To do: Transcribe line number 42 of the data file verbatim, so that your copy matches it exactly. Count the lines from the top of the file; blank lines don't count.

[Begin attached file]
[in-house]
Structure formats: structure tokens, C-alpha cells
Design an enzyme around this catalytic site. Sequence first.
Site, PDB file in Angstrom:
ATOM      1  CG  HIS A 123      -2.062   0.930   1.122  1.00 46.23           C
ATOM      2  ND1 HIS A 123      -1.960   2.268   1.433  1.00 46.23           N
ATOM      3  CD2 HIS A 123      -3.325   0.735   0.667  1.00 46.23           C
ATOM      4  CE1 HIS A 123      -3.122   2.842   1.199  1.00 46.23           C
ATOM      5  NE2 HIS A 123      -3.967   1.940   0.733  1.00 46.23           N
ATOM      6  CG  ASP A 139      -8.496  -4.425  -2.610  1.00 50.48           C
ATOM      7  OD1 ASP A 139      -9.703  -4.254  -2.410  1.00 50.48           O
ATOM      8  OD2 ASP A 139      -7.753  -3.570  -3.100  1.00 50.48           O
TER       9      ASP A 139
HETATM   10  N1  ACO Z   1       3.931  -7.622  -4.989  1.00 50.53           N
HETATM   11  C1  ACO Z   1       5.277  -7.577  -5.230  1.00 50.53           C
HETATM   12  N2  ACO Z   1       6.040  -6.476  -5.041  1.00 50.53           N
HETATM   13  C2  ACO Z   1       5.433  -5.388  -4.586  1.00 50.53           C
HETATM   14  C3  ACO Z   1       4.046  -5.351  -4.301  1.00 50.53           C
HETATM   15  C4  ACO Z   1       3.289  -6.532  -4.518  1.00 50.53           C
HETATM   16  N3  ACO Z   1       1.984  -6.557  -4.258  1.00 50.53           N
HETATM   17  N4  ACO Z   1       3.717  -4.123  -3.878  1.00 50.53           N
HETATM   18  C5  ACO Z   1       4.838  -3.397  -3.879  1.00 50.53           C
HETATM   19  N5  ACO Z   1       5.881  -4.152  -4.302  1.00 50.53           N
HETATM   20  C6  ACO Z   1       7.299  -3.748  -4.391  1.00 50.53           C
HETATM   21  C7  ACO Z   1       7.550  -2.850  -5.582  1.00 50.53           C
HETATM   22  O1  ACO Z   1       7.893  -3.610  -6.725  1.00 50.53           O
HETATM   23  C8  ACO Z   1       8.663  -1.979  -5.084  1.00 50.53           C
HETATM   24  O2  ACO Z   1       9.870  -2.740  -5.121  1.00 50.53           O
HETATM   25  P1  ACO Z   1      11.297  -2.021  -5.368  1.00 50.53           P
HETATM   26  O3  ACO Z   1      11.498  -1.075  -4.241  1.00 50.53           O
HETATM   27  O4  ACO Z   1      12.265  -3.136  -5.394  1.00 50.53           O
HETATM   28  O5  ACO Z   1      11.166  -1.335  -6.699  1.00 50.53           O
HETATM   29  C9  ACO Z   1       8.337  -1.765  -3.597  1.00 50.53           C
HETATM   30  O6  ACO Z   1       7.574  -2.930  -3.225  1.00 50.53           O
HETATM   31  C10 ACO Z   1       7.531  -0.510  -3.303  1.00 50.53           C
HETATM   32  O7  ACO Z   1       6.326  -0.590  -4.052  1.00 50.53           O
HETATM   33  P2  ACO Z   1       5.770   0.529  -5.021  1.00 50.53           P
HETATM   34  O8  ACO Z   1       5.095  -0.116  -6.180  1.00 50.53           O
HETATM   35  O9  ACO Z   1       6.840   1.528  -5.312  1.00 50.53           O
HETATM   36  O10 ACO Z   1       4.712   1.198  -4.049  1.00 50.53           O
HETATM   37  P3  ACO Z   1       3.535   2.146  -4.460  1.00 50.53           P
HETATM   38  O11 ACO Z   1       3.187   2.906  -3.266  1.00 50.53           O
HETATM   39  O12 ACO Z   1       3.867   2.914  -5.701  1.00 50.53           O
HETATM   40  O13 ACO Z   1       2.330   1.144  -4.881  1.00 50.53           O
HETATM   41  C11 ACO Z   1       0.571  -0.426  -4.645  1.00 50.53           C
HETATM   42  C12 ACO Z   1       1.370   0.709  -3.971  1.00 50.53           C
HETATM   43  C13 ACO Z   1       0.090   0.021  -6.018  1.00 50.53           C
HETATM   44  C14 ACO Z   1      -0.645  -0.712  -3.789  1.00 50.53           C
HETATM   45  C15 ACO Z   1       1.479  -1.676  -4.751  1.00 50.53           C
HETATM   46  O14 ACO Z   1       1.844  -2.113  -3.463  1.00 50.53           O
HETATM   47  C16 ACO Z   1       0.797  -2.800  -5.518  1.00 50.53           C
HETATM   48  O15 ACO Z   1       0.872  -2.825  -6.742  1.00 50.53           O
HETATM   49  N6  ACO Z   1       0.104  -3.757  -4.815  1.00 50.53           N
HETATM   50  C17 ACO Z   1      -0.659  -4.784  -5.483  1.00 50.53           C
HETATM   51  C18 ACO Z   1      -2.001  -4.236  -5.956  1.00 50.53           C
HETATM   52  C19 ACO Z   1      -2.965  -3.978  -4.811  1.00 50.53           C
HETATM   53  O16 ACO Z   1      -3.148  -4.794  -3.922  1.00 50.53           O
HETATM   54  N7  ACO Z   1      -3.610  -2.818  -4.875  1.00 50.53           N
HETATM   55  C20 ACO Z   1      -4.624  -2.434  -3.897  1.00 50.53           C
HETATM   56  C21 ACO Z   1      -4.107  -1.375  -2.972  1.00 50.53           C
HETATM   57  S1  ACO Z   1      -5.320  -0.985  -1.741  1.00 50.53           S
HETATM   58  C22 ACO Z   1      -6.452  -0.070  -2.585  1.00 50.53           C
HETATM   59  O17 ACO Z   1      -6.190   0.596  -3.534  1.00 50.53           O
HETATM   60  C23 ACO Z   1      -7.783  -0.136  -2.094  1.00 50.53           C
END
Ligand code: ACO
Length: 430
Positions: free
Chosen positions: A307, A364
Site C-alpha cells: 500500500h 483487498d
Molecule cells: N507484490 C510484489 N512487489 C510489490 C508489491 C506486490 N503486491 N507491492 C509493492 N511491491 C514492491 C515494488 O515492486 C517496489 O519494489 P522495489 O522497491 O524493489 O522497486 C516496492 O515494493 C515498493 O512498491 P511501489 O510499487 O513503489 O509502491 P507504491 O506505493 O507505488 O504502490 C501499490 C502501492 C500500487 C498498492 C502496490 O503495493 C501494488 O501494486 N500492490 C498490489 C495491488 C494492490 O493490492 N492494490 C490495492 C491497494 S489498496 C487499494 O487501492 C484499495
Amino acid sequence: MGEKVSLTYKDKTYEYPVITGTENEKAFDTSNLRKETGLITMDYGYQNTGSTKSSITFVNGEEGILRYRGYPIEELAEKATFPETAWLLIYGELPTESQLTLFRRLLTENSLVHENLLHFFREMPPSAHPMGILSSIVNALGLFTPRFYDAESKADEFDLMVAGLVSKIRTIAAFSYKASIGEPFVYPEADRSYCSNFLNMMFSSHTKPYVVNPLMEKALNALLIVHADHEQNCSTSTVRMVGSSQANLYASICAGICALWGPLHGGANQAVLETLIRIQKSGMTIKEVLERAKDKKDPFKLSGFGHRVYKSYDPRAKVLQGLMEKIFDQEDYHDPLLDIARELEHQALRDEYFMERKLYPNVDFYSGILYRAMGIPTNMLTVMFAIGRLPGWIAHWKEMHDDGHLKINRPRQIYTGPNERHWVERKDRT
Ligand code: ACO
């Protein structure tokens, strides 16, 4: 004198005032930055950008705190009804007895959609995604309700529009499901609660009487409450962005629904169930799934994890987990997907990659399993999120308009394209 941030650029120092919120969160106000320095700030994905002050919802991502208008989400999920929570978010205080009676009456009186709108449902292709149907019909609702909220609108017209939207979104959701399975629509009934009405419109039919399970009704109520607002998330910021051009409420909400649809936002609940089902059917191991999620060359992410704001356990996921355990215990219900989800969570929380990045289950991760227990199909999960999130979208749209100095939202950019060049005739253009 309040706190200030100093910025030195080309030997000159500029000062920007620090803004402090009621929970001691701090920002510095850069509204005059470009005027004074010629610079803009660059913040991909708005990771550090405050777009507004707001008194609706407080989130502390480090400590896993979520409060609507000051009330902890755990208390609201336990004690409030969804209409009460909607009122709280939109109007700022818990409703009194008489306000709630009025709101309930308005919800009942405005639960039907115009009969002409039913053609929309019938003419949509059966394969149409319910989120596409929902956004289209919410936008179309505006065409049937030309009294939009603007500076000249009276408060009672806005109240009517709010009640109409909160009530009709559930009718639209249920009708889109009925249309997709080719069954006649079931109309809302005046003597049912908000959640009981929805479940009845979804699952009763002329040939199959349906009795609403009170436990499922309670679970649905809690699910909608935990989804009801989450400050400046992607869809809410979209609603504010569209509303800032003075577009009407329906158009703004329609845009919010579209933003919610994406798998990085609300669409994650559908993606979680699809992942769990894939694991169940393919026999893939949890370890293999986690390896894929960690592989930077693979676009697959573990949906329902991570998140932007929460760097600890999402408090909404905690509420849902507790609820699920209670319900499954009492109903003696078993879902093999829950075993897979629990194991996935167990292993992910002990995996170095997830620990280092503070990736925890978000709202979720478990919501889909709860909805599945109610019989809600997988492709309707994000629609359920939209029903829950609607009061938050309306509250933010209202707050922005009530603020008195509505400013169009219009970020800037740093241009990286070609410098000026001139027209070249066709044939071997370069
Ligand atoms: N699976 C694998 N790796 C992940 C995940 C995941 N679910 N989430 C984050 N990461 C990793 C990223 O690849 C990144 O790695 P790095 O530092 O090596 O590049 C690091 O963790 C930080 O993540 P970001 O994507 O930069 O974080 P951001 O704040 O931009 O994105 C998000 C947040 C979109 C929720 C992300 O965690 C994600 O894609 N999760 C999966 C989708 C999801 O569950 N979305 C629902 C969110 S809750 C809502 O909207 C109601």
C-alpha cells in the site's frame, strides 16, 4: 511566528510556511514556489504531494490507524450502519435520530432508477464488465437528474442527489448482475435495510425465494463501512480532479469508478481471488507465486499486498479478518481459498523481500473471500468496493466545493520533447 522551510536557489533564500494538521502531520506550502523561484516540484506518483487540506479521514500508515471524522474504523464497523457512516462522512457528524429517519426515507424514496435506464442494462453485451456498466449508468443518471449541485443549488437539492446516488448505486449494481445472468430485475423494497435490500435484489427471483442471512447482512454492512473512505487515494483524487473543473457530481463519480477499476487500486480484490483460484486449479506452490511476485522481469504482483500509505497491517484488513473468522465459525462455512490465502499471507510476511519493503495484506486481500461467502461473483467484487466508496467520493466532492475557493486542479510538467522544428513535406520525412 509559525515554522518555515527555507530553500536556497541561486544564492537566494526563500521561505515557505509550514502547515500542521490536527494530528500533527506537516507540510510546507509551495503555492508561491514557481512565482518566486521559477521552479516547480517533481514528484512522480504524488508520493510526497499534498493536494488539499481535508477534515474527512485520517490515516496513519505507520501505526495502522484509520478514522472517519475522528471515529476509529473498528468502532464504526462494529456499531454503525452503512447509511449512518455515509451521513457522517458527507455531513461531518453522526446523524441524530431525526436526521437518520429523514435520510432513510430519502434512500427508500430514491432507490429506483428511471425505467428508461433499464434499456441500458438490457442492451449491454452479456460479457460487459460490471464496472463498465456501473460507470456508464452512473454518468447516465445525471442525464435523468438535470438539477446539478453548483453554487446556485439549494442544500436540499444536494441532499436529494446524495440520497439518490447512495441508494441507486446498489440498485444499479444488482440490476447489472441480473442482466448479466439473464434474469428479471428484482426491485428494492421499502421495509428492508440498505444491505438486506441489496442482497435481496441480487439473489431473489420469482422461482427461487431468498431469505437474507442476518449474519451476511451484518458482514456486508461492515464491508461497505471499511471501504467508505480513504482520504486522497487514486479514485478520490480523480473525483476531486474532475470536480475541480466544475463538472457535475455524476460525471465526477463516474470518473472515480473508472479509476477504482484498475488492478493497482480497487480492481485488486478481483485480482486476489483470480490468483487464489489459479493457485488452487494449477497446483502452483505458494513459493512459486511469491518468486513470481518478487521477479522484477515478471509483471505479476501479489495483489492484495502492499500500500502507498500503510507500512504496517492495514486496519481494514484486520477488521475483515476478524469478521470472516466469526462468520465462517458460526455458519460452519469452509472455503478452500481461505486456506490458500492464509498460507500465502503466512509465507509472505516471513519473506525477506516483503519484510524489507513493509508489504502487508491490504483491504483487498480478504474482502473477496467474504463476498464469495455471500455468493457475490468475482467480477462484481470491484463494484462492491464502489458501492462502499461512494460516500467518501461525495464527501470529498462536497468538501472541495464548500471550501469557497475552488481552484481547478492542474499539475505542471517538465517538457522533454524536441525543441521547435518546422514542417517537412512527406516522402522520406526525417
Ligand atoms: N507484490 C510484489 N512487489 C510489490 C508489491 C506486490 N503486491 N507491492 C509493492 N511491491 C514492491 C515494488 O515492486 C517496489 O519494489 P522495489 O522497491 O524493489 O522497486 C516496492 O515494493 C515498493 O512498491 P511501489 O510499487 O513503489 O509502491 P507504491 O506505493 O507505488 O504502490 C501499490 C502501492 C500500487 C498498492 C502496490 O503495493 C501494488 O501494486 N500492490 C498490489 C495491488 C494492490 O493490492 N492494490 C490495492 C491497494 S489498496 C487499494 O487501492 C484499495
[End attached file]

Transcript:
HETATM   38  O11 ACO Z   1       3.187   2.906  -3.266  1.00 50.53           O